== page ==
Sunday, 27 June 2010

Fame the Musical ***

Fame the Musical
Conceived by David De Silva, Book by Jose Fernandez, Lyrics by Jacques Levy, Music by Steve Margoshes
 Regent Theatre, Melbourne, from April 2, 2010
Reviewer: Kate Herbert

Fame the Musical relies heavily on the success of the 80s movie and its title song, Fame, to attract an audience. Although it is a musical, its feature is the impassioned and high-energy dancing. The vibrant cast of young dancers seem to be pumped on hormones and caffeine. The scent of adolescent testosterone is in the air.

The songs are forgettable, with cheesy lyrics and uninspiring tunes – apart from Fame itself, which appears early in the show in an abbreviated version, then in its full form as a rousing curtain call finale. Dean Pitchford and Michael Gore wrote a spectacularly successful and memorable tune in Fame.

The problem is that Pitchford and Gore wrote none of the other songs. What happened to the original soundtrack songs: Hot Lunch, Out Here On My Own, Red Light, Never Alone? A fight over the rights?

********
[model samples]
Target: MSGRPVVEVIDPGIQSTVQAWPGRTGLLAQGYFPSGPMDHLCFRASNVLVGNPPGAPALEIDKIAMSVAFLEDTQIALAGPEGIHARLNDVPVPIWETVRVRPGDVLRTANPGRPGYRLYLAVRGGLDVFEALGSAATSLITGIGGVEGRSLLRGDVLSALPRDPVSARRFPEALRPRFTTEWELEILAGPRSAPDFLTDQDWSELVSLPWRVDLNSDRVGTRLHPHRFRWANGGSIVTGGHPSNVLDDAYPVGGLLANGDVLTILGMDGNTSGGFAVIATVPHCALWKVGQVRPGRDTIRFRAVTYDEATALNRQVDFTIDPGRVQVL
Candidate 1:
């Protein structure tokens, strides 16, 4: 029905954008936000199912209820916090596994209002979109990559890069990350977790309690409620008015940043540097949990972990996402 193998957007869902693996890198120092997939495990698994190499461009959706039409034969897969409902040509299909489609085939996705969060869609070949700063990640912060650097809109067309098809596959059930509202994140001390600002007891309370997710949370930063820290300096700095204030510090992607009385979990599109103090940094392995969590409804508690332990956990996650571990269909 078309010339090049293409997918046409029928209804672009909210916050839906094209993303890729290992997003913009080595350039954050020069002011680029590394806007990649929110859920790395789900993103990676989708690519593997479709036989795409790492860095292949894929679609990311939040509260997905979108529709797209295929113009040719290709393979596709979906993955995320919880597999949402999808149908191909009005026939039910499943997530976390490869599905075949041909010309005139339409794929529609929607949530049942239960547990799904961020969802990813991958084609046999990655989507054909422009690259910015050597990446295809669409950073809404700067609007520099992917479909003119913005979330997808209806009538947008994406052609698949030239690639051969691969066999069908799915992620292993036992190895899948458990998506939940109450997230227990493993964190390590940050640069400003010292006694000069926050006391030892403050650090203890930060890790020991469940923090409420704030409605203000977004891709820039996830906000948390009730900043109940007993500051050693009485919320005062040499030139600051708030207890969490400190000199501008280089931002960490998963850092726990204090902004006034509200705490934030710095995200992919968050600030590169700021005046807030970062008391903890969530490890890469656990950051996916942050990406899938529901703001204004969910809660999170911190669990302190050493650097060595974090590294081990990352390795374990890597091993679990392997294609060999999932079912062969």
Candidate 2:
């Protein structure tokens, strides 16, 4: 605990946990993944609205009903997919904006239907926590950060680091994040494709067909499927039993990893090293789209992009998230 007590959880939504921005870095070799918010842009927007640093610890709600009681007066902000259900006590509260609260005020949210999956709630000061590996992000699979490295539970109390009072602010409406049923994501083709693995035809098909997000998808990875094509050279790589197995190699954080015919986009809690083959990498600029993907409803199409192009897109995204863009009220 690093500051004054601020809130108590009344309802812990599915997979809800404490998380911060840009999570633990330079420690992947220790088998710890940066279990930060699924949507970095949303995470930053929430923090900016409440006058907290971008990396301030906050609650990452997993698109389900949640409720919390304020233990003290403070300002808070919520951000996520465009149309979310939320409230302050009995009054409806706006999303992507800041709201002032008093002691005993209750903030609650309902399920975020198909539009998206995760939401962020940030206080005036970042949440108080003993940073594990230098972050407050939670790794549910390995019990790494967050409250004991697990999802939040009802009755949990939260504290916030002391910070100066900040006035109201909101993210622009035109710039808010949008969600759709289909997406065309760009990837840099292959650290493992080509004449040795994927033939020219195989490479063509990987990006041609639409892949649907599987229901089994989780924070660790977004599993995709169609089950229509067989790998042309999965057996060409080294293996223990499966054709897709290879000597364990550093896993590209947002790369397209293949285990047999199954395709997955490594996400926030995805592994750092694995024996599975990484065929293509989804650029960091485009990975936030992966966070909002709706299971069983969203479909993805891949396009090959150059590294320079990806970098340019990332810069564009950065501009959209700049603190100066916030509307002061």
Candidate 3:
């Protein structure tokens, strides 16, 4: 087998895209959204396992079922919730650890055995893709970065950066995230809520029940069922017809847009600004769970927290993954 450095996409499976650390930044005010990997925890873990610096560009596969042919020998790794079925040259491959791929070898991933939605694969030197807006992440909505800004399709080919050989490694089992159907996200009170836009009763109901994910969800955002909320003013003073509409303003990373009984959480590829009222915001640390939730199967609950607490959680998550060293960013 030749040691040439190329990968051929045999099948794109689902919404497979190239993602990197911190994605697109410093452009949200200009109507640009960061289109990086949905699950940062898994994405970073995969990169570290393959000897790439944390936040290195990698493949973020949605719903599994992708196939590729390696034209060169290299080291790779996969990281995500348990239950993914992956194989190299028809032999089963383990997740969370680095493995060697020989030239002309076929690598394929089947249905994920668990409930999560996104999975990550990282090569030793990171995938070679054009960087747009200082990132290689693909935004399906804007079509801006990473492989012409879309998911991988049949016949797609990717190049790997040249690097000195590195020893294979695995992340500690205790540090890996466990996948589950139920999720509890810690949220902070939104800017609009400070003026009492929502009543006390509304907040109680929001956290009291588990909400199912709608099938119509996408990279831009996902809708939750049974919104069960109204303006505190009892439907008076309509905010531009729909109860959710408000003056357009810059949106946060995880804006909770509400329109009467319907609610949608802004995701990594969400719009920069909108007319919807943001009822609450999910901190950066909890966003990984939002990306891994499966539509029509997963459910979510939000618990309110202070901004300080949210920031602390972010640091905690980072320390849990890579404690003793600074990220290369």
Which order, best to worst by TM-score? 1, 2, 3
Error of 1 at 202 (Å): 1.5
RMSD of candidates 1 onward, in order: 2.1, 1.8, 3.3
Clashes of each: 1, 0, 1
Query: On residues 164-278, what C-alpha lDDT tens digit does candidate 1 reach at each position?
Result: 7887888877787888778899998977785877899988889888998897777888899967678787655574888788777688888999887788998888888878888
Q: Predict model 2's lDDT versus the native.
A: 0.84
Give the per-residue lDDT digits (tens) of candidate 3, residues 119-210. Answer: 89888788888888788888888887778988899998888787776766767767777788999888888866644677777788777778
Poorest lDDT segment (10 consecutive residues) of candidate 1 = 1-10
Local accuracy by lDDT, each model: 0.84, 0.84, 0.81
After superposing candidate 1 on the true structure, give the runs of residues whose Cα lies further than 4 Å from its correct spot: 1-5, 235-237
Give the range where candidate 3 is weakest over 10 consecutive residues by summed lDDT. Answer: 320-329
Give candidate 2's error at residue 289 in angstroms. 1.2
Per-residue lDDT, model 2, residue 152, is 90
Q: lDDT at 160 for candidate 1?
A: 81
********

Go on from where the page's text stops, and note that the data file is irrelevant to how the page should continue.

Some tunes are saved by a couple of compelling voices. Let’s Play a Love Scene becomes a charming duet between Chris Durling, as earnest acting student, Nick, and Catherine Shepherd as his daggy, lovelorn admirer, Serena.

A flash of Fame magic appears when Jaz Flowers, as Mabel the over-eating, lusciously fleshy dance student, belts out Mabel’s Prayer with her powerful voice and vocal acrobatics. The crowd cheered, proving Flowers is a talent to watch. Rowena Vilar is a spunky performer playing Carmen, the parallel to the role of Coco made famous by Irene Cara while Darlene Love, playing Mrs. Sherman, has a thrilling voice.

The casting for this production appears to be linked with that well-known TV dance competition. Finalist, Timomatic, is a muscular and charismatic Tyrone, the illiterate hip-hop dancer, and 2009 winner, Talia Fowler, as Iris, bringing some lyrical, classical ballet moves.

Kelley Abbey’s choreography is certainly a feature. The entire company dancing the Argentine Tango is a vivid, sensual treat and you could power the city with the energy of the sassy dance routine in Hard Work.
The Fame finale is a highlight, with memorable dancing on the roof of a New York cab – pity it doesn’t appear until the final 3 minutes of the show.

Fame the Musical is let down by clumsy narrative and plotting, some lame dialogue and the loss of the award-winning, original soundtrack. But it is certainly a montage of great dance routines with a few musical high points, thanks to the band and a few good singers.

By Kate Herbert

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